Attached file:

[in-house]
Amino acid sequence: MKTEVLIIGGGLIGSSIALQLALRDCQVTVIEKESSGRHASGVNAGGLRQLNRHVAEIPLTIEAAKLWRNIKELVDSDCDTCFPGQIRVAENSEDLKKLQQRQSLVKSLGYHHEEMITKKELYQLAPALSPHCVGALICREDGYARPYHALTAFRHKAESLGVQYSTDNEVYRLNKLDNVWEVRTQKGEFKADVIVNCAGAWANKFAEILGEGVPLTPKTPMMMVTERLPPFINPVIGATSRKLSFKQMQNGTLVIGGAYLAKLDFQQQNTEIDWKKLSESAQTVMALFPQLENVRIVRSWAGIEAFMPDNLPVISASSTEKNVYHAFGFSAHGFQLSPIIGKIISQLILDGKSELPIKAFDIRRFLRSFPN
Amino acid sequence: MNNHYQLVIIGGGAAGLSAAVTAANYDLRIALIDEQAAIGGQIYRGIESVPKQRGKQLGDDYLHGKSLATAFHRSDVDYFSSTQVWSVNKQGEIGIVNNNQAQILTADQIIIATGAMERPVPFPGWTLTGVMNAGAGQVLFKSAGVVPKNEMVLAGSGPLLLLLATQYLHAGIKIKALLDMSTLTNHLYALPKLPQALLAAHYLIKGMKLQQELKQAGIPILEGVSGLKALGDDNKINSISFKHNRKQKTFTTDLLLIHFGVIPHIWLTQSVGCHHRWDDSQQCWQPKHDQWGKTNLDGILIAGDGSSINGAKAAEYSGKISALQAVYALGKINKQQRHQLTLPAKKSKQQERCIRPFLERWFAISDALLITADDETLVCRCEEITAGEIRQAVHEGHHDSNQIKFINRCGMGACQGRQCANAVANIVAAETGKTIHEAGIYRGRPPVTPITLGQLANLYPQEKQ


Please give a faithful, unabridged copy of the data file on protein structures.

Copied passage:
[in-house]
Amino acid sequence: MKTEVLIIGGGLIGSSIALQLALRDCQVTVIEKESSGRHASGVNAGGLRQLNRHVAEIPLTIEAAKLWRNIKELVDSDCDTCFPGQIRVAENSEDLKKLQQRQSLVKSLGYHHEEMITKKELYQLAPALSPHCVGALICREDGYARPYHALTAFRHKAESLGVQYSTDNEVYRLNKLDNVWEVRTQKGEFKADVIVNCAGAWANKFAEILGEGVPLTPKTPMMMVTERLPPFINPVIGATSRKLSFKQMQNGTLVIGGAYLAKLDFQQQNTEIDWKKLSESAQTVMALFPQLENVRIVRSWAGIEAFMPDNLPVISASSTEKNVYHAFGFSAHGFQLSPIIGKIISQLILDGKSELPIKAFDIRRFLRSFPN
Amino acid sequence: MNNHYQLVIIGGGAAGLSAAVTAANYDLRIALIDEQAAIGGQIYRGIESVPKQRGKQLGDDYLHGKSLATAFHRSDVDYFSSTQVWSVNKQGEIGIVNNNQAQILTADQIIIATGAMERPVPFPGWTLTGVMNAGAGQVLFKSAGVVPKNEMVLAGSGPLLLLLATQYLHAGIKIKALLDMSTLTNHLYALPKLPQALLAAHYLIKGMKLQQELKQAGIPILEGVSGLKALGDDNKINSISFKHNRKQKTFTTDLLLIHFGVIPHIWLTQSVGCHHRWDDSQQCWQPKHDQWGKTNLDGILIAGDGSSINGAKAAEYSGKISALQAVYALGKINKQQRHQLTLPAKKSKQQERCIRPFLERWFAISDALLITADDETLVCRCEEITAGEIRQAVHEGHHDSNQIKFINRCGMGACQGRQCANAVANIVAAETGKTIHEAGIYRGRPPVTPITLGQLANLYPQEKQ